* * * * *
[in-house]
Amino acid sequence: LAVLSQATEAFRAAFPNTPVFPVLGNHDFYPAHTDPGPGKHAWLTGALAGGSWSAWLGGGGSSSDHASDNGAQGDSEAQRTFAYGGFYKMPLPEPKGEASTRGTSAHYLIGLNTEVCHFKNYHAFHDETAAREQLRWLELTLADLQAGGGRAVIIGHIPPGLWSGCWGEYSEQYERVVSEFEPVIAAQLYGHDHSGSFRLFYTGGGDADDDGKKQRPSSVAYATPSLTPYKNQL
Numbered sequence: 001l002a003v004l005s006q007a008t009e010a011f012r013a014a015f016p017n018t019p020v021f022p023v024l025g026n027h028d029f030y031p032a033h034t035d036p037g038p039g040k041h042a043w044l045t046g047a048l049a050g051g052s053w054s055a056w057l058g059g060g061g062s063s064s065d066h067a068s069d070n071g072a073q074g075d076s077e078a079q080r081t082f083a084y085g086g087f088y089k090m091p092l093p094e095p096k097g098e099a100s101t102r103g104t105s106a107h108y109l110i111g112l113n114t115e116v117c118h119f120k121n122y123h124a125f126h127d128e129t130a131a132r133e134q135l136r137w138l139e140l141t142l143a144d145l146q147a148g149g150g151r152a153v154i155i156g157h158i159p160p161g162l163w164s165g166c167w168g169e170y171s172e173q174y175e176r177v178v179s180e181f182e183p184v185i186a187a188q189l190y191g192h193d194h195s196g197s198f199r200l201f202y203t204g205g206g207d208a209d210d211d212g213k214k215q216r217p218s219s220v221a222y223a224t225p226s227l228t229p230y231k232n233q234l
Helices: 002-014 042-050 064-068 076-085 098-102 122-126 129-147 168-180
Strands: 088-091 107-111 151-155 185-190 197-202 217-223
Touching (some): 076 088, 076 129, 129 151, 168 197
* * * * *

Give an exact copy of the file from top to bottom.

[in-house]
Amino acid sequence: LAVLSQATEAFRAAFPNTPVFPVLGNHDFYPAHTDPGPGKHAWLTGALAGGSWSAWLGGGGSSSDHASDNGAQGDSEAQRTFAYGGFYKMPLPEPKGEASTRGTSAHYLIGLNTEVCHFKNYHAFHDETAAREQLRWLELTLADLQAGGGRAVIIGHIPPGLWSGCWGEYSEQYERVVSEFEPVIAAQLYGHDHSGSFRLFYTGGGDADDDGKKQRPSSVAYATPSLTPYKNQL
Numbered sequence: 001l002a003v004l005s006q007a008t009e010a011f012r013a014a015f016p017n018t019p020v021f022p023v024l025g026n027h028d029f030y031p032a033h034t035d036p037g038p039g040k041h042a043w044l045t046g047a048l049a050g051g052s053w054s055a056w057l058g059g060g061g062s063s064s065d066h067a068s069d070n071g072a073q074g075d076s077e078a079q080r081t082f083a084y085g086g087f088y089k090m091p092l093p094e095p096k097g098e099a100s101t102r103g104t105s106a107h108y109l110i111g112l113n114t115e116v117c118h119f120k121n122y123h124a125f126h127d128e129t130a131a132r133e134q135l136r137w138l139e140l141t142l143a144d145l146q147a148g149g150g151r152a153v154i155i156g157h158i159p160p161g162l163w164s165g166c167w168g169e170y171s172e173q174y175e176r177v178v179s180e181f182e183p184v185i186a187a188q189l190y191g192h193d194h195s196g197s198f199r200l201f202y203t204g205g206g207d208a209d210d211d212g213k214k215q216r217p218s219s220v221a222y223a224t225p226s227l228t229p230y231k232n233q234l
Helices: 002-014 042-050 064-068 076-085 098-102 122-126 129-147 168-180
Strands: 088-091 107-111 151-155 185-190 197-202 217-223
Touching (some): 076 088, 076 129, 129 151, 168 197